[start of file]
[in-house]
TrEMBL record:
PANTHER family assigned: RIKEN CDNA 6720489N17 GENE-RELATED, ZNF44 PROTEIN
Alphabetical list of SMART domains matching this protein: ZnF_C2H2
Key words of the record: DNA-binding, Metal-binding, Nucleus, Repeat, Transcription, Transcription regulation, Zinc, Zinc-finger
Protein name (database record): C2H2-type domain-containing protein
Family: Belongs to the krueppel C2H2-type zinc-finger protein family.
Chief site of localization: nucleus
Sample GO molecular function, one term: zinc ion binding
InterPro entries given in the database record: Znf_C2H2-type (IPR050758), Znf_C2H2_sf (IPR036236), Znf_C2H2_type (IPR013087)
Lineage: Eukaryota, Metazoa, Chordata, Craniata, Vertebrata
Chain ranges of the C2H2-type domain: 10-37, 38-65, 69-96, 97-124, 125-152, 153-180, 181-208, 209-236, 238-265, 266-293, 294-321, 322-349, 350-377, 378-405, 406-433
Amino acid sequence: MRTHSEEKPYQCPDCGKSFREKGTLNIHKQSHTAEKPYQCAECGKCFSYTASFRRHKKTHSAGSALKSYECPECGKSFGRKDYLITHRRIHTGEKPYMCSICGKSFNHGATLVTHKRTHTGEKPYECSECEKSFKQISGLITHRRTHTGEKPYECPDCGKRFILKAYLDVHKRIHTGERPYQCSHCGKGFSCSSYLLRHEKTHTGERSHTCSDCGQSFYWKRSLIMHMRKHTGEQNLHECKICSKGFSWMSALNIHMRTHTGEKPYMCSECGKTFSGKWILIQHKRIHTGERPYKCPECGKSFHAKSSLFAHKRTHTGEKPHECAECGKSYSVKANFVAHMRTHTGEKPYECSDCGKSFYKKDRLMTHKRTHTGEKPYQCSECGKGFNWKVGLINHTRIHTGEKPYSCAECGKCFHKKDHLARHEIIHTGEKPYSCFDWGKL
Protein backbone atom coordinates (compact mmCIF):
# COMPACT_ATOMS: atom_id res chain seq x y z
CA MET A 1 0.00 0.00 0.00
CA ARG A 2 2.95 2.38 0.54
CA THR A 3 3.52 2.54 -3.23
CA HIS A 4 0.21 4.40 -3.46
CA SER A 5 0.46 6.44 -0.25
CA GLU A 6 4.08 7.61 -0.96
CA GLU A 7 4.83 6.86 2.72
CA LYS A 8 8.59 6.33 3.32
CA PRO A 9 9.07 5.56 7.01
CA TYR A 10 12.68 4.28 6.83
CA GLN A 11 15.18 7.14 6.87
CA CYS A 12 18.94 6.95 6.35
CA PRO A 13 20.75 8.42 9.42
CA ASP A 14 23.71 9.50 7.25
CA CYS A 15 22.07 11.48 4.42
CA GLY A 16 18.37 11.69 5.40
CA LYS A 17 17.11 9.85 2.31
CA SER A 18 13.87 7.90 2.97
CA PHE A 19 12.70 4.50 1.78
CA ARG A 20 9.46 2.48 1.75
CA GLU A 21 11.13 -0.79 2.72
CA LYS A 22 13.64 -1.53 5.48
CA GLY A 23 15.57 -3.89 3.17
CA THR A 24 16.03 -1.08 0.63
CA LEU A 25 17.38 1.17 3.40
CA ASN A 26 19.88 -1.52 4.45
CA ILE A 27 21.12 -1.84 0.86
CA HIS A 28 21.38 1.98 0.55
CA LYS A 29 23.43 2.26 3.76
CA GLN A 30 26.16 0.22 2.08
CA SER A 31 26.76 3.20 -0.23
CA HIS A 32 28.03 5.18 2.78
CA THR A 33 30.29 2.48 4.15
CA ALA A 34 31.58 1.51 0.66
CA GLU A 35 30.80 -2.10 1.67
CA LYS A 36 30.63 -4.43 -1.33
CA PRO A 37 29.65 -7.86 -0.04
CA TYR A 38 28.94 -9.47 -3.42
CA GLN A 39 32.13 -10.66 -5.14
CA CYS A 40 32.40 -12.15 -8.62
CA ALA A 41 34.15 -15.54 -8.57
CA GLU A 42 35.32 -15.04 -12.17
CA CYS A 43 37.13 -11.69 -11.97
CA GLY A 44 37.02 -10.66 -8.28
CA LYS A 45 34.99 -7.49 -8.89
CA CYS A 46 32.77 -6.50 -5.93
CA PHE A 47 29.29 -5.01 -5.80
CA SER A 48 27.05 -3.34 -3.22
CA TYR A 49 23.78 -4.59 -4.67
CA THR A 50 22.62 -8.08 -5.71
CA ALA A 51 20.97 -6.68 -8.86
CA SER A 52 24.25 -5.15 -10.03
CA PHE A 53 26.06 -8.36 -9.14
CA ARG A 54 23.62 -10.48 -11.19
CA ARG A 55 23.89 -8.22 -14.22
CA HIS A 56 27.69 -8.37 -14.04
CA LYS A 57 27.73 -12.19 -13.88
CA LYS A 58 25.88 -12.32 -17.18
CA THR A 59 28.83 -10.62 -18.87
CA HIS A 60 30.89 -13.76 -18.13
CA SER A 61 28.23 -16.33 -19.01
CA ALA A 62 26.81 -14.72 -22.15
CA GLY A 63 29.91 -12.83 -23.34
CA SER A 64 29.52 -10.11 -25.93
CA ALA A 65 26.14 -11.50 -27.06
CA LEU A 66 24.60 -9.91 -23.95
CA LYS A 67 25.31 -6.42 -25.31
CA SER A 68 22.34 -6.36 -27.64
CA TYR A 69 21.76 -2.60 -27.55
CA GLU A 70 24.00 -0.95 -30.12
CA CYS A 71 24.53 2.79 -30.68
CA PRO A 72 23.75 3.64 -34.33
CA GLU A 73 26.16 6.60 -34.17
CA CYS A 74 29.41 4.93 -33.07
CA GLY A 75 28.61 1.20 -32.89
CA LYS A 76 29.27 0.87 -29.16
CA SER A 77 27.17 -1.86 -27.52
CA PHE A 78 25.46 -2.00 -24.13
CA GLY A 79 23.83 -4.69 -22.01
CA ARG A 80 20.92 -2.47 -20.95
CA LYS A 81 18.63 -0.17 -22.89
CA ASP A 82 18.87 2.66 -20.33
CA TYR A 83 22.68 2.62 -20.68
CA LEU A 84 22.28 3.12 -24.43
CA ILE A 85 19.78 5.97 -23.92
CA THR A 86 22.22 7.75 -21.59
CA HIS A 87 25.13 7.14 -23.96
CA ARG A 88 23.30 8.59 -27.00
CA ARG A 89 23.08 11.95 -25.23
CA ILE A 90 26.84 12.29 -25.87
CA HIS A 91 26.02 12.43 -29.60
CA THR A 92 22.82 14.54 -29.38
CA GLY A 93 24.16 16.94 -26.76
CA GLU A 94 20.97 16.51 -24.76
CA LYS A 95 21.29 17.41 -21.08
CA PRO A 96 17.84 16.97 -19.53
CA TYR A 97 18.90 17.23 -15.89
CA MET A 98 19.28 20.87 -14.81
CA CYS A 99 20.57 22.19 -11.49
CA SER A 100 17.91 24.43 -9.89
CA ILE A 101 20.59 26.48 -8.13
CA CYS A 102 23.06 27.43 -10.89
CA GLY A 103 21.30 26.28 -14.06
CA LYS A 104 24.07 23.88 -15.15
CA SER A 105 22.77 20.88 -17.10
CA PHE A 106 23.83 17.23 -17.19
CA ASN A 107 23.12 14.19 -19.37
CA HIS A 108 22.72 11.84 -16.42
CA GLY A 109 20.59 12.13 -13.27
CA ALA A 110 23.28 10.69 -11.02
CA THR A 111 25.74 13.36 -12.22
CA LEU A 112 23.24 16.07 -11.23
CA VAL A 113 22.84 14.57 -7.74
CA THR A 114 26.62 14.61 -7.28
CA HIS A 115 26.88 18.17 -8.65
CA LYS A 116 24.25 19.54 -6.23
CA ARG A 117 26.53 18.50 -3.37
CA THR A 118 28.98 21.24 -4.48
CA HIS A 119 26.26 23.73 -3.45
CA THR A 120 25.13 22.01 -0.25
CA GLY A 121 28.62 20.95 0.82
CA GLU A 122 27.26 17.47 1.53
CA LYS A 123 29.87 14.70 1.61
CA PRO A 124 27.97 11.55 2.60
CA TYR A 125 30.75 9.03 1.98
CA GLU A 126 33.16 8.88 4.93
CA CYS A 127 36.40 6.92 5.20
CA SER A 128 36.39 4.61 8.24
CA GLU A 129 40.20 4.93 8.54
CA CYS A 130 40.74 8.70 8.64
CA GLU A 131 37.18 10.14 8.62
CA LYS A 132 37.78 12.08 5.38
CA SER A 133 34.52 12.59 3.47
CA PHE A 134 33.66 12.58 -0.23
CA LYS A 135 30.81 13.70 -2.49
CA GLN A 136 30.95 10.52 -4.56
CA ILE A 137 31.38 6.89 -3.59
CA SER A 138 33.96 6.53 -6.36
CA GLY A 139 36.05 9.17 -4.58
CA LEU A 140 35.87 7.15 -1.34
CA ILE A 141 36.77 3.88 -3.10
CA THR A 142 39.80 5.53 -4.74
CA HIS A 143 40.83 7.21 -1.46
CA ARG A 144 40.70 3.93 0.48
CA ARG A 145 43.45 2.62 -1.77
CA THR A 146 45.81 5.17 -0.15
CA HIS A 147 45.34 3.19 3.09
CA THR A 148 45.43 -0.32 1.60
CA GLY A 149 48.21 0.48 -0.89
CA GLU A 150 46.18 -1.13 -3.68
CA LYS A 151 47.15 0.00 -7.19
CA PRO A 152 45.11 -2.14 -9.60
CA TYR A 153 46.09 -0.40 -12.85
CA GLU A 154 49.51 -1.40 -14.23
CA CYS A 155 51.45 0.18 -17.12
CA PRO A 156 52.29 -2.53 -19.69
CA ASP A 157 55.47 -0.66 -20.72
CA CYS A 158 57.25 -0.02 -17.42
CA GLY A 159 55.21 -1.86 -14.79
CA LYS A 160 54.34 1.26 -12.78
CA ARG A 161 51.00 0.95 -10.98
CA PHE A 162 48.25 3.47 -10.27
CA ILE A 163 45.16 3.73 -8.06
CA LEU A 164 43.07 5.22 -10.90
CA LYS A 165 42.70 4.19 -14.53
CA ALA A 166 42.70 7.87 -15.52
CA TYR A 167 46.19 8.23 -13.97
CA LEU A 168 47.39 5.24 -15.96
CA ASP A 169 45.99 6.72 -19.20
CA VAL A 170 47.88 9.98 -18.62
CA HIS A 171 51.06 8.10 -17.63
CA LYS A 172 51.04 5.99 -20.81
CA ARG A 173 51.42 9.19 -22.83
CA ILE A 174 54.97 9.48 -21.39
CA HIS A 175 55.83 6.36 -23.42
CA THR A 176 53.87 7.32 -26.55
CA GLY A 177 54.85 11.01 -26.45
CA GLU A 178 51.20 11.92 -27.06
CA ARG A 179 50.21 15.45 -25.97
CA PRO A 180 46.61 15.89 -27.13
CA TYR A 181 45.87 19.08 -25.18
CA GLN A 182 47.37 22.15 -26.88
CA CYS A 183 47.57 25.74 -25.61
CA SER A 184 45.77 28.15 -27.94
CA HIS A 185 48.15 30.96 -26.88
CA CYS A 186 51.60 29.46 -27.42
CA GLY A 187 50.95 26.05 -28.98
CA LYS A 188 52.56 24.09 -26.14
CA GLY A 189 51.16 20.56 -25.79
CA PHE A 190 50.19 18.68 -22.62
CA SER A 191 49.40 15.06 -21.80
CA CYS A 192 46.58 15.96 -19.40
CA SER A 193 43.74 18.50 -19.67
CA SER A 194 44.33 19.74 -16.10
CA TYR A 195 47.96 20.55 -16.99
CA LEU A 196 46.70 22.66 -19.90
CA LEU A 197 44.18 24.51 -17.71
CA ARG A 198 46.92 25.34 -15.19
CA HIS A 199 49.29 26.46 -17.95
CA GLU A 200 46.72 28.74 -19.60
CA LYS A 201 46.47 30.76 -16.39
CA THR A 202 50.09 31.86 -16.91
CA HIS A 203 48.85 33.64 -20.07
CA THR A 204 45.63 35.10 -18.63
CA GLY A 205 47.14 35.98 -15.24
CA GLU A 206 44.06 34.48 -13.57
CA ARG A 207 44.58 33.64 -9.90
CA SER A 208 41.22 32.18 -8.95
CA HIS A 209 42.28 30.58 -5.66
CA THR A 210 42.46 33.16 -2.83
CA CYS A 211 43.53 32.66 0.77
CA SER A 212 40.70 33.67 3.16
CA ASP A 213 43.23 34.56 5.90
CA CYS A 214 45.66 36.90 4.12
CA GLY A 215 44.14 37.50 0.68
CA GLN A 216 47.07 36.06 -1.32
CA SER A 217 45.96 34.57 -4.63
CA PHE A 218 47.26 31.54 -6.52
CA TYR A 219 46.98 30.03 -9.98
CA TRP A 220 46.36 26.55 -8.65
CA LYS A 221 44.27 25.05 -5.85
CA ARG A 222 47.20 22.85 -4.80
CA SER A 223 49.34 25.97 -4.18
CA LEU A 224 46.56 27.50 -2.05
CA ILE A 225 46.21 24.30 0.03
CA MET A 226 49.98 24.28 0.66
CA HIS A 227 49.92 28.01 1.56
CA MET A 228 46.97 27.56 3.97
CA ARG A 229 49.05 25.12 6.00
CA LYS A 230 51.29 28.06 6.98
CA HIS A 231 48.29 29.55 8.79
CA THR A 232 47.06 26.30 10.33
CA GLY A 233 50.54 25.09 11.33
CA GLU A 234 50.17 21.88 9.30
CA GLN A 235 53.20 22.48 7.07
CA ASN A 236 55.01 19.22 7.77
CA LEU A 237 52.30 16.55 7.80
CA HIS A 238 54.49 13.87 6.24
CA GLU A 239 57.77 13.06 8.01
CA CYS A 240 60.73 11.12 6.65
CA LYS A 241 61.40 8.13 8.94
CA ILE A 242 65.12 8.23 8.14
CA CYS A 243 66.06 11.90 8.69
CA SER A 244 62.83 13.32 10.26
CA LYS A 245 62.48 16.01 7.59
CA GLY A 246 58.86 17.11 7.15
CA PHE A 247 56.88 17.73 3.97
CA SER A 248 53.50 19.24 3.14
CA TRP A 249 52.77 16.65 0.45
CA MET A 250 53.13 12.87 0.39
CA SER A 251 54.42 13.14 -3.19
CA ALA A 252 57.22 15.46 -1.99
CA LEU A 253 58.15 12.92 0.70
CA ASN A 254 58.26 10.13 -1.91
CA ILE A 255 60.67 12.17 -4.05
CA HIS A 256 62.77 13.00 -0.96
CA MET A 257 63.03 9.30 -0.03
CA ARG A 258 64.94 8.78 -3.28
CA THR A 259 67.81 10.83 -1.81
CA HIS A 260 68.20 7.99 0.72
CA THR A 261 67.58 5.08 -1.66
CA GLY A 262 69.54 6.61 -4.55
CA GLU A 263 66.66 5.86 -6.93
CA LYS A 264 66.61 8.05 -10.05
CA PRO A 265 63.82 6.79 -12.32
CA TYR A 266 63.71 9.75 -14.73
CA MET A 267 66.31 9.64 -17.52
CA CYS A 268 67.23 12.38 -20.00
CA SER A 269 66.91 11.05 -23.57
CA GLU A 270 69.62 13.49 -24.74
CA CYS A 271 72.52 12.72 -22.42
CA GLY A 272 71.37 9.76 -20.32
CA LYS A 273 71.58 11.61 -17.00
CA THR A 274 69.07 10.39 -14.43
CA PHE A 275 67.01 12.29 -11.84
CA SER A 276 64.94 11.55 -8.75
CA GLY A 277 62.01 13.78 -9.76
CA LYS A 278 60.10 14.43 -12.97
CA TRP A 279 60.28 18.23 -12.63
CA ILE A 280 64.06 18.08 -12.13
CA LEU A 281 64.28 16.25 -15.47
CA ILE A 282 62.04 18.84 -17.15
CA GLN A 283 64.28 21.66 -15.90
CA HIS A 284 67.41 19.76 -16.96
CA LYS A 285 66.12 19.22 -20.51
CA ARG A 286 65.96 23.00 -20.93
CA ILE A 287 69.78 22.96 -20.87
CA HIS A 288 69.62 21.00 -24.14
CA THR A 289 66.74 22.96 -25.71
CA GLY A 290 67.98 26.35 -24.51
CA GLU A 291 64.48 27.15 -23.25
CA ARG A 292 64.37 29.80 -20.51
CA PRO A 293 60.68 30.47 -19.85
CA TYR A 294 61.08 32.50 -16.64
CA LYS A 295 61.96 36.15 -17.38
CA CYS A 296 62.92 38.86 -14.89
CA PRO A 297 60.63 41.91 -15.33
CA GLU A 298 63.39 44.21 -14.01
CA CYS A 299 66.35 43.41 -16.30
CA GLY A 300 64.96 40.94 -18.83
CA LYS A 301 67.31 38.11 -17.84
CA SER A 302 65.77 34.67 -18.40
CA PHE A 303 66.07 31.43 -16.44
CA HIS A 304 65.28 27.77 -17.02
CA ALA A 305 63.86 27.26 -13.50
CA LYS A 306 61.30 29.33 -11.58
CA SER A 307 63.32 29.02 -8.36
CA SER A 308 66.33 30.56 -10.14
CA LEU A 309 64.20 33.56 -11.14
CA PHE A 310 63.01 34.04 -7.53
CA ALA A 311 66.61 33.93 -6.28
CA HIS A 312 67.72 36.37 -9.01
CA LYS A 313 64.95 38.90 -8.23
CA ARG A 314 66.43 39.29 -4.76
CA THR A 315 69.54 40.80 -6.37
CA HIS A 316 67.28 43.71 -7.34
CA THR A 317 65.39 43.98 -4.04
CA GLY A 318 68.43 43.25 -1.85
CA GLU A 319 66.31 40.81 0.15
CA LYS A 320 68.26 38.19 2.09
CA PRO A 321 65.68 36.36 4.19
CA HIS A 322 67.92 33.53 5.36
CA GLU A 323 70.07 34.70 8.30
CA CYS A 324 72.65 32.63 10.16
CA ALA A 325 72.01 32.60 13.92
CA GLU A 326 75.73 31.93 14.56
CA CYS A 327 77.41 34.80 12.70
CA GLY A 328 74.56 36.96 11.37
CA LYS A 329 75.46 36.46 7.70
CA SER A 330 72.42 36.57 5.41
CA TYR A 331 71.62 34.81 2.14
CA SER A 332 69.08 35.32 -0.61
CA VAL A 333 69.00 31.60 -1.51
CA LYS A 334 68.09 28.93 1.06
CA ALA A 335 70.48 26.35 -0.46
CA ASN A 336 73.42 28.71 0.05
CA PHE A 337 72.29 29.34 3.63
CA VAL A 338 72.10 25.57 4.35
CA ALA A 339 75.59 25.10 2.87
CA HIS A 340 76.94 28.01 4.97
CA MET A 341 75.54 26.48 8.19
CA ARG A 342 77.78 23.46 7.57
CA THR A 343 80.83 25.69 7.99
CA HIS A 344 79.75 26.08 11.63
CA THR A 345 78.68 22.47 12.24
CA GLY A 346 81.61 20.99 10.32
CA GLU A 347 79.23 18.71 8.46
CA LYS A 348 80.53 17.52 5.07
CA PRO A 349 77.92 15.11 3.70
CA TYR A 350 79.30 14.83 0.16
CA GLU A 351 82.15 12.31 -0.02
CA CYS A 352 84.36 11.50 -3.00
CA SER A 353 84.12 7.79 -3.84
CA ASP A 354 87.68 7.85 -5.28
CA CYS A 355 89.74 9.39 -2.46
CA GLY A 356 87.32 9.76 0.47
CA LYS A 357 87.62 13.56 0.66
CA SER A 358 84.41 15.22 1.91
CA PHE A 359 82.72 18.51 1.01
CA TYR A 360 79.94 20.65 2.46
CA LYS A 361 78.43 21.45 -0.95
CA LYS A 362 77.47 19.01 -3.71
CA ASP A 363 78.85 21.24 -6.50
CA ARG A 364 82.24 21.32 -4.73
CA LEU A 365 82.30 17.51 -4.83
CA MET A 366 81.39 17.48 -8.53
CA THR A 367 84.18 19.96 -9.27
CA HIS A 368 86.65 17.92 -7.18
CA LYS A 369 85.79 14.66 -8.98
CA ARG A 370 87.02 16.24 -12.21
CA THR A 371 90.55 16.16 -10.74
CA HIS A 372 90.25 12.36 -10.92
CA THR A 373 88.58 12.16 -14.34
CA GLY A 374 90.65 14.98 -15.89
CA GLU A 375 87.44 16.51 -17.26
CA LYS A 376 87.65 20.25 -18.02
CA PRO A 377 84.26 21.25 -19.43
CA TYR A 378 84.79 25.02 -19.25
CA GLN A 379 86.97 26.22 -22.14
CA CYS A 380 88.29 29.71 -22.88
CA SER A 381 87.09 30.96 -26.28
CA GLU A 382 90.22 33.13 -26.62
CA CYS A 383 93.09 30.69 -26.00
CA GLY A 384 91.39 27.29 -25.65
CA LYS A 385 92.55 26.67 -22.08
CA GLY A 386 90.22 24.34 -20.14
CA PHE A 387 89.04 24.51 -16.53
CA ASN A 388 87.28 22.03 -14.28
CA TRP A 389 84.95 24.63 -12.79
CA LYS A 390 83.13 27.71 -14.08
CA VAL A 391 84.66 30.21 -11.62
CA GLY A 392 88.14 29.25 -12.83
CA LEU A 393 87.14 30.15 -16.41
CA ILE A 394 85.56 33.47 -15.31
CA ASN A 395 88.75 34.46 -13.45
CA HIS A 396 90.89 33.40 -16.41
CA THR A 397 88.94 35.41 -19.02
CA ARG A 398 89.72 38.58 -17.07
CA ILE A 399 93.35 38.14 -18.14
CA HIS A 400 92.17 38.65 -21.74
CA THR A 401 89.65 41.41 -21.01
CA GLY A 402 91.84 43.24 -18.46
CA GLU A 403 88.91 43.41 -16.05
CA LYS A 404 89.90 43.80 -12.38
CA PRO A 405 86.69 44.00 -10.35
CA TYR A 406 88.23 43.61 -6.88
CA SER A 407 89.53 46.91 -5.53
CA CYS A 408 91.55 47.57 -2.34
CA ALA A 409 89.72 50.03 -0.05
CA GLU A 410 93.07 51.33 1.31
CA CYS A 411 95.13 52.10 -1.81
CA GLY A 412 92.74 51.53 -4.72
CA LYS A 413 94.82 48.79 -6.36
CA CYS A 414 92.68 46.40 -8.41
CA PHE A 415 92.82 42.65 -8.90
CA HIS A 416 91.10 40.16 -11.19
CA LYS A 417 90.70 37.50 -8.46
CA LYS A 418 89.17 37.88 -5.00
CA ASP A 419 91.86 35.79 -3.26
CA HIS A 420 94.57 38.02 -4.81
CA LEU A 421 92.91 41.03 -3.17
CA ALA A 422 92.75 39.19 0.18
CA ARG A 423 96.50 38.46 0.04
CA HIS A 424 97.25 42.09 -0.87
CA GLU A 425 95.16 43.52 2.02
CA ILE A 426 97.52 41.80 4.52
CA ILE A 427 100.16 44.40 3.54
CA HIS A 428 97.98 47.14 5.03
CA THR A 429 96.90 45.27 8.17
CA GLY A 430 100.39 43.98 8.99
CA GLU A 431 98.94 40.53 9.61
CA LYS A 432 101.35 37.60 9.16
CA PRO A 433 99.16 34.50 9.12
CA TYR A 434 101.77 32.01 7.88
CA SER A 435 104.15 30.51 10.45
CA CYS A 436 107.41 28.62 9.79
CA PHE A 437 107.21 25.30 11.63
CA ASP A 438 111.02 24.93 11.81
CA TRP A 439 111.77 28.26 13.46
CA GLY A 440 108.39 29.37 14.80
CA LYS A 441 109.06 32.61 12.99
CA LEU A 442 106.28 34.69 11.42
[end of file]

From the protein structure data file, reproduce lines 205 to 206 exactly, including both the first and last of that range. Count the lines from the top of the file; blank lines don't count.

CA PHE A 190 50.19 18.68 -22.62
CA SER A 191 49.40 15.06 -21.80